Listen to Life in the Data, Episode 3, featuring Paul Theroux:
In the absence of information the only certainty in travel is suspense, with the suggestion of risk, and the possibility of danger. The usual presumption, amounting almost to a conceit of many travelers, is that they will be able to brainstorm a trip before they set out—downloading data, solving the issues of transfer and transition, places to stay, places to eat, the condition of roads, the mood of the locals, the sights, the diversions. It’s pretty to think so.
Sometimes, as I have found, this amounts to pure fancy and is a lesson in frustration. Even the best libraries can be unhelpful; maps can be misleading; some places are still little known, even unknown, unstable, and blighted, which I suppose is one of the uses of that odd duck on the literature shelf, the travel narrative. When in the late 1990s I planned a trip down the Shire River (pronounced “sheer-ay”), a tributary of the Zambezi that flows from southern Malawi into Mozambique, I looked for data, confident that I’d find what I wanted—after all, the river was first mapped by David Livingstone in 1859, as Tim Jeal recounted in dramatic detail in his newly republished and expanded biography Livingstone. You can see from a map that the river flows across a border in the bush, with no town nearby—so where do you get your passport stamped? Where do you find provisions? I had many questions, none of which I found answers to until I arrived at the village of Marka on the banks of the Shire, with my folding kayak and camping equipment.
Even the best libraries can be unhelpful; maps can be misleading; some places are still little known, even unknown, unstable, and blighted.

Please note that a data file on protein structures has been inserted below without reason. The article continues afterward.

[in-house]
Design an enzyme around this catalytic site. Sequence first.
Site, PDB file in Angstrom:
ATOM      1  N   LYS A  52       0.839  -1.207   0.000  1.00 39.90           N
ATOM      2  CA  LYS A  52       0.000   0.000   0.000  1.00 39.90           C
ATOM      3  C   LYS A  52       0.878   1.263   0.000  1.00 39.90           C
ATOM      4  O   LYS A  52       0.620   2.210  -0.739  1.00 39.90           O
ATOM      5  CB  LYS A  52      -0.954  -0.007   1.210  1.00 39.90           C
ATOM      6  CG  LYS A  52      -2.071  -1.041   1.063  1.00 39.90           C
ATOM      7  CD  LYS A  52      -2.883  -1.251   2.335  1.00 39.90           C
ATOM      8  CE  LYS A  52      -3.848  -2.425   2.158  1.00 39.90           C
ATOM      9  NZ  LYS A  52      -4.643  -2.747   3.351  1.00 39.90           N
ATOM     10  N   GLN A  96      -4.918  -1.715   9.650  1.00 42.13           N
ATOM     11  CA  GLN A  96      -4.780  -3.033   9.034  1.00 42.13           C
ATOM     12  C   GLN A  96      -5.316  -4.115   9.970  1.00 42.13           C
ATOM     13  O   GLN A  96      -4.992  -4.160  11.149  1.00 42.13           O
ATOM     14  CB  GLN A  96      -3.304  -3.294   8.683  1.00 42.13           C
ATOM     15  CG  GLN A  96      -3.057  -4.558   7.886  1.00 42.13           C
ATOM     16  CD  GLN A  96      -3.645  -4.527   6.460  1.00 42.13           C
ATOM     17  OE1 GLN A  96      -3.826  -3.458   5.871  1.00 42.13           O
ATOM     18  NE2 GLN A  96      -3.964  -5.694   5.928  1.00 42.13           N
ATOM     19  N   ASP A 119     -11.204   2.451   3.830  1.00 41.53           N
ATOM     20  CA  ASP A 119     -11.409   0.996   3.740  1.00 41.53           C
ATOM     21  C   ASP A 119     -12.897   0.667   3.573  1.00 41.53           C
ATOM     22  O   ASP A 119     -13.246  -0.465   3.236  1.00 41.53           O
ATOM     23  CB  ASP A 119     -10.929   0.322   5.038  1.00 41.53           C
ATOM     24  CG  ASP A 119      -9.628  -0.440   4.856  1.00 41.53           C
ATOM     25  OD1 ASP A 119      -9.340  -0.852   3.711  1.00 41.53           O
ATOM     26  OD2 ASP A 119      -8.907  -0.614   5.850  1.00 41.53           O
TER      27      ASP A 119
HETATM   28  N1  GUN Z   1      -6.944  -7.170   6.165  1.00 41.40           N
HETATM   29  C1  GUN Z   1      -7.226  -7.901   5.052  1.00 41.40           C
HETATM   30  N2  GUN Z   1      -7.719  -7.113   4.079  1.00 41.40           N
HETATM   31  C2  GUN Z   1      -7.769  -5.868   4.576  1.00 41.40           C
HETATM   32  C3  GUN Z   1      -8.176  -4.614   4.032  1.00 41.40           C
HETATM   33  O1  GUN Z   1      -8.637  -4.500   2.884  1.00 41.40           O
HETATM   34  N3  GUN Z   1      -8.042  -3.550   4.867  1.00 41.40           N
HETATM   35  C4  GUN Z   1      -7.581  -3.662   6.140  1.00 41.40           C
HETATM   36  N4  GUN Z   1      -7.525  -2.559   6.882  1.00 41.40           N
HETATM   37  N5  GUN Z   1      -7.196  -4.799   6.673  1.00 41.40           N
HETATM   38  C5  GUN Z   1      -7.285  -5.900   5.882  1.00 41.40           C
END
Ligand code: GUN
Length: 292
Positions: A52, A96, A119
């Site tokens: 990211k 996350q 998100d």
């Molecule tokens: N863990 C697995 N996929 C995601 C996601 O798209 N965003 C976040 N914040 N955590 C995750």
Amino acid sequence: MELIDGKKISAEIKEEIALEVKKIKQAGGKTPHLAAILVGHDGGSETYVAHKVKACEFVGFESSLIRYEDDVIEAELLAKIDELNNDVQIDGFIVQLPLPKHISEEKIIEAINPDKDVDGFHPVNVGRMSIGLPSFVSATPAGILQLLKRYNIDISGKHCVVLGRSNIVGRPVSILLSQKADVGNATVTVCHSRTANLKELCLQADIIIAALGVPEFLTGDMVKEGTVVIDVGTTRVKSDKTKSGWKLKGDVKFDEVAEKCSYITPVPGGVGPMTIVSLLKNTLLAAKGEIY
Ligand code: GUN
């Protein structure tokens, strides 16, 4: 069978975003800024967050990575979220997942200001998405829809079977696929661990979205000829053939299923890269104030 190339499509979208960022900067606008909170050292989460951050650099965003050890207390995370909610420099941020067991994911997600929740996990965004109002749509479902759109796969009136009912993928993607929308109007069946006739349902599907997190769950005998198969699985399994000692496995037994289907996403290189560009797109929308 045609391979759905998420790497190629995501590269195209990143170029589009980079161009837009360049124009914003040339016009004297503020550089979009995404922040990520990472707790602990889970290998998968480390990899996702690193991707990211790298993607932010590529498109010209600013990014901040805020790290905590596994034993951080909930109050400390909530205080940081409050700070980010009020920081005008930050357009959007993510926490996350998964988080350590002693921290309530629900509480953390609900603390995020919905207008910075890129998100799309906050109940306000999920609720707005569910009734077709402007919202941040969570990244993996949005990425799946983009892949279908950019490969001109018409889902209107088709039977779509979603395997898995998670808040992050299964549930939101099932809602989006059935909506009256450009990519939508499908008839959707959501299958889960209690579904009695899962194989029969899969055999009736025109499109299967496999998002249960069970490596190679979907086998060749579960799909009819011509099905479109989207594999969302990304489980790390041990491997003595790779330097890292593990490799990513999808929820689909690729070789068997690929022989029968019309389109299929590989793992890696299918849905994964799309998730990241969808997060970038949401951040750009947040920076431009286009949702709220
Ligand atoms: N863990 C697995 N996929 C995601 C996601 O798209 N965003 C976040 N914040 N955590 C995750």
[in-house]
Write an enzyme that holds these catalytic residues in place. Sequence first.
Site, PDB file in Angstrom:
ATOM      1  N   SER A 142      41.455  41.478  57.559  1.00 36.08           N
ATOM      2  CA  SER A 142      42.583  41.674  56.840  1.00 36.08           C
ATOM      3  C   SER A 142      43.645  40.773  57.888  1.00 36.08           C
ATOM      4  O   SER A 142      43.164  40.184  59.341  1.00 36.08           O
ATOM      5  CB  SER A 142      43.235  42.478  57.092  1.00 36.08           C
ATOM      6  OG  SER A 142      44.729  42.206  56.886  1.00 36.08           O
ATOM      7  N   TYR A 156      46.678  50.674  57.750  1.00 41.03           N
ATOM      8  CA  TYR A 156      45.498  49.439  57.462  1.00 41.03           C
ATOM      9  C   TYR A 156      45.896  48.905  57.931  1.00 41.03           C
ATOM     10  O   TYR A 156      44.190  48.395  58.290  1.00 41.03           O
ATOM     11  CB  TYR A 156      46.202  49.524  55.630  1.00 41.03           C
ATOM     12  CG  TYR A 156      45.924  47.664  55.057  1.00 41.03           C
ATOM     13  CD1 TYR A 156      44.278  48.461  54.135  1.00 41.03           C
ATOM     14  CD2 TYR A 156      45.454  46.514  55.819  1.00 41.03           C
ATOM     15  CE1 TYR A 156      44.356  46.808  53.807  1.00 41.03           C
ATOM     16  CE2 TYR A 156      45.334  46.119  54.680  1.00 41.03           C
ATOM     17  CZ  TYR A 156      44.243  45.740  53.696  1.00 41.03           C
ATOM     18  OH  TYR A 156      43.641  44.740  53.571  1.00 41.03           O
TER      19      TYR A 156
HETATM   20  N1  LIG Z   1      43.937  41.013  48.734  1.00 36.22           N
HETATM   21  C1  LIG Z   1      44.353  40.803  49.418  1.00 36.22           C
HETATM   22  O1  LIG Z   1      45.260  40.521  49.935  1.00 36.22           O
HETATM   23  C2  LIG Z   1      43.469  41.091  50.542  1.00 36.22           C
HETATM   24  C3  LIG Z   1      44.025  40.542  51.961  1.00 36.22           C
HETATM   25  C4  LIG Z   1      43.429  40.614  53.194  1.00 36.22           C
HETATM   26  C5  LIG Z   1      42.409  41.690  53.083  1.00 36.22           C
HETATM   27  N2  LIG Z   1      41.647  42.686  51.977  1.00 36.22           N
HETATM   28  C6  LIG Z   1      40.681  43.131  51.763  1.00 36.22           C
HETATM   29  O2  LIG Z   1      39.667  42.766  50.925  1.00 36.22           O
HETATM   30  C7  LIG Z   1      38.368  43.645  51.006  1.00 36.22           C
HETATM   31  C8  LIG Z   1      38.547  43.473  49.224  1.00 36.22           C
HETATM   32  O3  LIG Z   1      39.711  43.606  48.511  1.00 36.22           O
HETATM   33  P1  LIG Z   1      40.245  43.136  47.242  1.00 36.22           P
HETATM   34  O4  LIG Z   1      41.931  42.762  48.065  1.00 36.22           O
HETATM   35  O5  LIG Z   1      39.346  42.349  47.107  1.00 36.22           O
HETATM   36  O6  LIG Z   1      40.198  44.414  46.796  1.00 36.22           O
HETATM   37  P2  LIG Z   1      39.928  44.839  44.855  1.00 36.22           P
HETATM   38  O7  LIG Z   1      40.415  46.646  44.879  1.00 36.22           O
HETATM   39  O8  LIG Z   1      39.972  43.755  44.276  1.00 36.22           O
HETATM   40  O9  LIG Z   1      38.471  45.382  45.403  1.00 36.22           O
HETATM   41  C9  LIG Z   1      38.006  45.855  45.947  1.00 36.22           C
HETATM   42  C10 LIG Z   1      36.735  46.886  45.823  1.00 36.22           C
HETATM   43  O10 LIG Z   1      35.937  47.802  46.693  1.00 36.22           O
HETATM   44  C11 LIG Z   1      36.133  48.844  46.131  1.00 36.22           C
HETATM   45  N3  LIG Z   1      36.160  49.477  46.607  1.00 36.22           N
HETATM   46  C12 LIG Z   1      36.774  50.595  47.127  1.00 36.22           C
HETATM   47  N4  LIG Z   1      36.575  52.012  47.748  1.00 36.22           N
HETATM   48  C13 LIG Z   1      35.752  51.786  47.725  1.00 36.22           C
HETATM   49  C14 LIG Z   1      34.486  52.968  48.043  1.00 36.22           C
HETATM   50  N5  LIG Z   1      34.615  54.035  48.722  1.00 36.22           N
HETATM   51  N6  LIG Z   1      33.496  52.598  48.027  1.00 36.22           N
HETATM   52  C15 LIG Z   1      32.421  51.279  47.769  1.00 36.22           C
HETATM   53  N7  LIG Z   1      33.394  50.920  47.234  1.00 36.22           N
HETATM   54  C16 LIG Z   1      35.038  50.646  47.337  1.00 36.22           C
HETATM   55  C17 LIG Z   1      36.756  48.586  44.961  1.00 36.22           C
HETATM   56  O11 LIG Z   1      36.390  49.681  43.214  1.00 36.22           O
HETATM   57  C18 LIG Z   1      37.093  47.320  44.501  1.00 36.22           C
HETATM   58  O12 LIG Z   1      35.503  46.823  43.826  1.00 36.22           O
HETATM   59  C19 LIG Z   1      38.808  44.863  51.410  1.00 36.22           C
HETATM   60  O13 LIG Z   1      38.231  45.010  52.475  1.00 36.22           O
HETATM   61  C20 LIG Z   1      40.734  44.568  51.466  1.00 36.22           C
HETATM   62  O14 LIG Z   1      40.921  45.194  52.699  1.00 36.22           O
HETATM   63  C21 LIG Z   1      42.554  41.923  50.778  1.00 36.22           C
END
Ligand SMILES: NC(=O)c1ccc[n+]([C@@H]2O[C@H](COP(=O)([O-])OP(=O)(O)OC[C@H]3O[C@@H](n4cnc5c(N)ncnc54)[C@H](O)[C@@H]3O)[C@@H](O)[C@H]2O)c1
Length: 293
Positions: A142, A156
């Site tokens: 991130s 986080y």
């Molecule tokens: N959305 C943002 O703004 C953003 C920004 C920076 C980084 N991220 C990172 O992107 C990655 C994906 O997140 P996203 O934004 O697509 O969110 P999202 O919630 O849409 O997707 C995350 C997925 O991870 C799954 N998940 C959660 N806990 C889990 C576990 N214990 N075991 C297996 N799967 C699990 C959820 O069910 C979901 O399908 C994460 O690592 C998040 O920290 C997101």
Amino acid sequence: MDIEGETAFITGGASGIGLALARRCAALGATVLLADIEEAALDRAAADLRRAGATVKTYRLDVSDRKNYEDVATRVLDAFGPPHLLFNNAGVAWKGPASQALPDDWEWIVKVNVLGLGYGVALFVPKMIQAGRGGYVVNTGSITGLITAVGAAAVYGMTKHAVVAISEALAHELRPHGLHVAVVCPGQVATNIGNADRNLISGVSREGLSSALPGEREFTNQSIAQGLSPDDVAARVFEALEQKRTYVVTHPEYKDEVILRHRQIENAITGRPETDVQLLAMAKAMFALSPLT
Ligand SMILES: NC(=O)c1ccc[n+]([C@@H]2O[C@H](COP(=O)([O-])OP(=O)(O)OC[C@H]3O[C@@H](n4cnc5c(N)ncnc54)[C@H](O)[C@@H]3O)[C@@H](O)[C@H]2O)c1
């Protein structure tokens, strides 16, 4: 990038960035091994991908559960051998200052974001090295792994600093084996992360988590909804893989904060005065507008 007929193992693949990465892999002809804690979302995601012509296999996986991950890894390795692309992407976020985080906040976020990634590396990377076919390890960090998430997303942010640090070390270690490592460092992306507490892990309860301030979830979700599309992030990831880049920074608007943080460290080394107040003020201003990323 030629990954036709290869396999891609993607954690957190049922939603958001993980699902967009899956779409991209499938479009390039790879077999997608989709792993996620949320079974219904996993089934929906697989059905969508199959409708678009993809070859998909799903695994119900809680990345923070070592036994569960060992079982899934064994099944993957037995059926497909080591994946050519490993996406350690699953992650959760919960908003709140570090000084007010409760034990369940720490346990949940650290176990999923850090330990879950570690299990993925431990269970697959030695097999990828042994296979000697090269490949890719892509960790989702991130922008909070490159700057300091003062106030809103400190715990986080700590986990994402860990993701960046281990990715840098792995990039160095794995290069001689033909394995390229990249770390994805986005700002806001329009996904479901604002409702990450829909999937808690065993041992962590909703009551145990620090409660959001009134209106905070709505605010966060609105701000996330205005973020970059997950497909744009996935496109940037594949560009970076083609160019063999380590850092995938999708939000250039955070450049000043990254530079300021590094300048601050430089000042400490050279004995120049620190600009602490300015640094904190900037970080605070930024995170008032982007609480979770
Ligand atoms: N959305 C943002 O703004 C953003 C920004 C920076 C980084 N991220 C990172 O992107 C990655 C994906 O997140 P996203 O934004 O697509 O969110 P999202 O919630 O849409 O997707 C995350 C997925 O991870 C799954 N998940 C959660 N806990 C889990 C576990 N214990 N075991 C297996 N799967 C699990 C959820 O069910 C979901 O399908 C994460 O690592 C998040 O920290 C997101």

My map had not shown that the river flows through a labyrinthine marsh; that the dotted national boundary on the map represents a shed where a Mozambican official in a torn shirt under a tree examines your passport; that the confluence of the Shire and Zambezi is a muddy whirlpool; and that the bold place-name Caia is little more than a cluster of grubby sheds but, strategically sited, is marked by fish trucks and beat-up minibuses carrying wayfarers to the coast.
A few years ago, researching a trip to Angola for my new book, I found almost nothing relating to the condition of roads in the southern provinces of the country: no helpful books, nothing on the Internet. The maps of Angola I located looked a bit too coherent and colonial to represent a country that had endured 27 years of civil war. I went anyway, hoping for local knowledge, but even in Namibia I drew a blank. People who lived near the border had never crossed it—and it is a characteristic of those who don’t travel that they fantasize, exaggerating the dangers.
“It’s a nightmare,” an Ovimbundu man said to me near the border, in the Namibian town of Ondangwa, en route to Angola.
He wasn’t wrong, but he was short on particulars.
Nothing in print or on the Net (even now on the bird’s-eye Google Earth, with its dartboard of on-the-ground images) indicated that the road north from the border to the Angolan town of Lubango was mostly theoretical: paved in part, deeply potholed, and in places not a road at all but a series of wide detours, zigzagging through the bush. The road map was a fiction, but outside Angola this was unknown. Angola is a rarity in Africa, a country without big game and almost without wild animals, oil rich, xenophobic, and muddled, almost without tourists.
Still, ignorant but undaunted, I crossed the border and headed north. When travel information is scarce, or nonexistent, I make the assumption that if there are enough residents in a small roadside town in the African bush, there will be a market and a local mode of transportation that the traveler can use—a bush taxi, a van, a truck, or the sort of chicken bus that is too ramshackle to rate a mention in the wider world.
It is silly to think that any of this will be efficient or comfortable, but if you have no objection to traveling like everyone else (and that includes old women with sacks of vegetables, freelance evangelists with Bibles under their arms, amateur emigrants, and wiseguys wearing baseball hats turned back to front), you will find, as I did, something to eat, somewhere to stay, and a way out.